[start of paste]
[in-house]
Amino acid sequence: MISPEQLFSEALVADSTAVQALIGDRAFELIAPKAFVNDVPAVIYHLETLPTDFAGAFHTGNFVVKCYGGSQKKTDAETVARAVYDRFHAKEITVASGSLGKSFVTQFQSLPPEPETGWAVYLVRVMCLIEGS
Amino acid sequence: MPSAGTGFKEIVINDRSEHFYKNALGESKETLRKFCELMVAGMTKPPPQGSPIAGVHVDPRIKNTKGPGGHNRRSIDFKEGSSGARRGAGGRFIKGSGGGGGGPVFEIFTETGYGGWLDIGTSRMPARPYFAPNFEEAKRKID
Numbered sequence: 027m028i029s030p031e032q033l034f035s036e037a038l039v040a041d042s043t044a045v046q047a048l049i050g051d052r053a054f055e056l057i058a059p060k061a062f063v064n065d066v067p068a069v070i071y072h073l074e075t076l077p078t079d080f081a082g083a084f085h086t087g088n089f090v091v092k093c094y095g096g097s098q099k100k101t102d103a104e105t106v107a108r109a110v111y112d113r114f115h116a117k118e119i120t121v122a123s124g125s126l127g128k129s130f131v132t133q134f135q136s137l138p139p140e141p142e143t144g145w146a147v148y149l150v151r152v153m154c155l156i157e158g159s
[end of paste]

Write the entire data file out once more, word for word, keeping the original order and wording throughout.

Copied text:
[in-house]
Amino acid sequence: MISPEQLFSEALVADSTAVQALIGDRAFELIAPKAFVNDVPAVIYHLETLPTDFAGAFHTGNFVVKCYGGSQKKTDAETVARAVYDRFHAKEITVASGSLGKSFVTQFQSLPPEPETGWAVYLVRVMCLIEGS
Amino acid sequence: MPSAGTGFKEIVINDRSEHFYKNALGESKETLRKFCELMVAGMTKPPPQGSPIAGVHVDPRIKNTKGPGGHNRRSIDFKEGSSGARRGAGGRFIKGSGGGGGGPVFEIFTETGYGGWLDIGTSRMPARPYFAPNFEEAKRKID
Numbered sequence: 027m028i029s030p031e032q033l034f035s036e037a038l039v040a041d042s043t044a045v046q047a048l049i050g051d052r053a054f055e056l057i058a059p060k061a062f063v064n065d066v067p068a069v070i071y072h073l074e075t076l077p078t079d080f081a082g083a084f085h086t087g088n089f090v091v092k093c094y095g096g097s098q099k100k101t102d103a104e105t106v107a108r109a110v111y112d113r114f115h116a117k118e119i120t121v122a123s124g125s126l127g128k129s130f131v132t133q134f135q136s137l138p139p140e141p142e143t144g145w146a147v148y149l150v151r152v153m154c155l156i157e158g159s